RESULTS

Awareness of Physician Tiers

Table 2

Survey results indicate that just under half of the survey respondents (49.5%) were aware prior to this survey that tiered physician networks were part of their health plan (). Minorities were less likely to be aware of the tiers prior to the survey; there were no differences in awareness across sex, age, household income, education levels, or self-reported health status. Members enrolled in 1 of the HMO plans were significantly less likely to be aware of the tiers than the survey average. As we expected, respondents who indicate they use their health plan as a source of information about specialists were more aware of the tiered networks. Respondents who reported having seen a specialist in the last year and respondents who reported using the Internet to search for health information were significantly more likely to have seen information about the tiers.

A smaller proportion of respondents (19.0%) reported that they knew at least 1 of their doctors’ tier designation. This finding was consistent across demographic and other characteristics, except that respondents with family coverage were more likely to know their doctor’s tier than respondents with individual coverage (20.9% vs 16.2%; P <.025). Only 2% of respondents reported that they discussed the tiers with a doctor. This finding did not vary by demographic characteristics.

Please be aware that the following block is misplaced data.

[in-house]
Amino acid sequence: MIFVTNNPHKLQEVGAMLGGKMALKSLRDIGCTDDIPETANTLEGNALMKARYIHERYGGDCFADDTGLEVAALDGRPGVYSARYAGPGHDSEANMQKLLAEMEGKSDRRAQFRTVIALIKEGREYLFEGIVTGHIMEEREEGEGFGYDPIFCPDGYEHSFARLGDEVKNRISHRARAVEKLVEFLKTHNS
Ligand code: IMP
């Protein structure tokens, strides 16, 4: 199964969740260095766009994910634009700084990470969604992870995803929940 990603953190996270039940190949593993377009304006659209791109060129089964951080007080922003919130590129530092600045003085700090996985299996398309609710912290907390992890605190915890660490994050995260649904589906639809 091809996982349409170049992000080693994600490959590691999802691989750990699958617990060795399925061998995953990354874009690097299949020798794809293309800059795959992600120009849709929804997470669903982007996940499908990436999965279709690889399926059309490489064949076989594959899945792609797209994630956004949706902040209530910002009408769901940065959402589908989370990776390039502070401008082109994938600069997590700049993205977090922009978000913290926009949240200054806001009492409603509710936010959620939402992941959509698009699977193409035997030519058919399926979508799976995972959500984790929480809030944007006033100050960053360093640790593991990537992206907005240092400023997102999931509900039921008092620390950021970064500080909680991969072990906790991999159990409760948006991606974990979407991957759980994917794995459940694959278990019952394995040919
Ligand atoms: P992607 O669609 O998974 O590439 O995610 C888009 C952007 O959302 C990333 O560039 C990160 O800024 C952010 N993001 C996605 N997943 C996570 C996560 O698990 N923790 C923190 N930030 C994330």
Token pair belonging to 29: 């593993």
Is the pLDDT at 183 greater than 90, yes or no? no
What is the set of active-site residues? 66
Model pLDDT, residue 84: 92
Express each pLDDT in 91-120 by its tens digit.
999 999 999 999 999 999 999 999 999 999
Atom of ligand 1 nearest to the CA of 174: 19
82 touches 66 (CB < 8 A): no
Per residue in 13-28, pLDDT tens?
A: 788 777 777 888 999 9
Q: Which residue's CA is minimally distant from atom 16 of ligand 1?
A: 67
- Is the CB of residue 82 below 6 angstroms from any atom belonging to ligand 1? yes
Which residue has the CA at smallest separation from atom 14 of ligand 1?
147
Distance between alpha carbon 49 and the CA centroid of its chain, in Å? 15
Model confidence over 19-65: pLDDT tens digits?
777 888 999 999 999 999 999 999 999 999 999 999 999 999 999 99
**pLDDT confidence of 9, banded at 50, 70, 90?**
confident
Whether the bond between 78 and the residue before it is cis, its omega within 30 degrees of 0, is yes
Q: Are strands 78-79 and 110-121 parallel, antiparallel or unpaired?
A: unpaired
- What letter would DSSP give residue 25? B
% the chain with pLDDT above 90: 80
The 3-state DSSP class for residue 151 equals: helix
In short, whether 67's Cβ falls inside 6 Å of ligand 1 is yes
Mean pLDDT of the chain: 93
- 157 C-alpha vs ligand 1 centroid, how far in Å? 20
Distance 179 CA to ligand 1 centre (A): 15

Understanding and Trust of the Tiers

Figure

A series of questions about understanding, trust, and use of the tiered networks were asked of people who indicated they were aware of the tiers prior to the survey (). A majority of the respondents who knew about the physician tiers thought that a physician’s tier designation was based on cost and quality information (59.3%); however, 17.8% thought their plans used cost information alone, and an additional 17.9% responded that they did not know how the tiers were constructed. The remaining 5% of respondents thought the tier designation was based on only quality measures. These findings were consistent across respondent characteristics.